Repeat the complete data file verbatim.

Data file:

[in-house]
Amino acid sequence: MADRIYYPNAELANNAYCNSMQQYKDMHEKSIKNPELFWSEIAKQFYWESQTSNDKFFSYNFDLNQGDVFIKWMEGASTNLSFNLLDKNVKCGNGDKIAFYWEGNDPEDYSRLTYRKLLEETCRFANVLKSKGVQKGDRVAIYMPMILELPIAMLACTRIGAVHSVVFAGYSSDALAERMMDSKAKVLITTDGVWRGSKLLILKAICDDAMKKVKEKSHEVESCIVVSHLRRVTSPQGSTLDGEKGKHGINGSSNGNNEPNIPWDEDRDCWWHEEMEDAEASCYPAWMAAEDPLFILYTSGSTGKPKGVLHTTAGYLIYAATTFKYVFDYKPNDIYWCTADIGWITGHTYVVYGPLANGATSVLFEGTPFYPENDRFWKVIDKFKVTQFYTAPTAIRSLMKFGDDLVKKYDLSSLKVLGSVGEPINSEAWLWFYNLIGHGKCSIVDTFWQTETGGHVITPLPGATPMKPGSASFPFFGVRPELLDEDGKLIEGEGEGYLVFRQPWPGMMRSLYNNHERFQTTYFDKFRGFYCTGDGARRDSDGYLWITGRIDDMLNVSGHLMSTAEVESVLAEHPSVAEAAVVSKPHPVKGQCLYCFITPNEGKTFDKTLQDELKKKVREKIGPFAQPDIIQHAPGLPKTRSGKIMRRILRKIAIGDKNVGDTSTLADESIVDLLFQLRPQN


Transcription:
[in-house]
Amino acid sequence: MADRIYYPNAELANNAYCNSMQQYKDMHEKSIKNPELFWSEIAKQFYWESQTSNDKFFSYNFDLNQGDVFIKWMEGASTNLSFNLLDKNVKCGNGDKIAFYWEGNDPEDYSRLTYRKLLEETCRFANVLKSKGVQKGDRVAIYMPMILELPIAMLACTRIGAVHSVVFAGYSSDALAERMMDSKAKVLITTDGVWRGSKLLILKAICDDAMKKVKEKSHEVESCIVVSHLRRVTSPQGSTLDGEKGKHGINGSSNGNNEPNIPWDEDRDCWWHEEMEDAEASCYPAWMAAEDPLFILYTSGSTGKPKGVLHTTAGYLIYAATTFKYVFDYKPNDIYWCTADIGWITGHTYVVYGPLANGATSVLFEGTPFYPENDRFWKVIDKFKVTQFYTAPTAIRSLMKFGDDLVKKYDLSSLKVLGSVGEPINSEAWLWFYNLIGHGKCSIVDTFWQTETGGHVITPLPGATPMKPGSASFPFFGVRPELLDEDGKLIEGEGEGYLVFRQPWPGMMRSLYNNHERFQTTYFDKFRGFYCTGDGARRDSDGYLWITGRIDDMLNVSGHLMSTAEVESVLAEHPSVAEAAVVSKPHPVKGQCLYCFITPNEGKTFDKTLQDELKKKVREKIGPFAQPDIIQHAPGLPKTRSGKIMRRILRKIAIGDKNVGDTSTLADESIVDLLFQLRPQN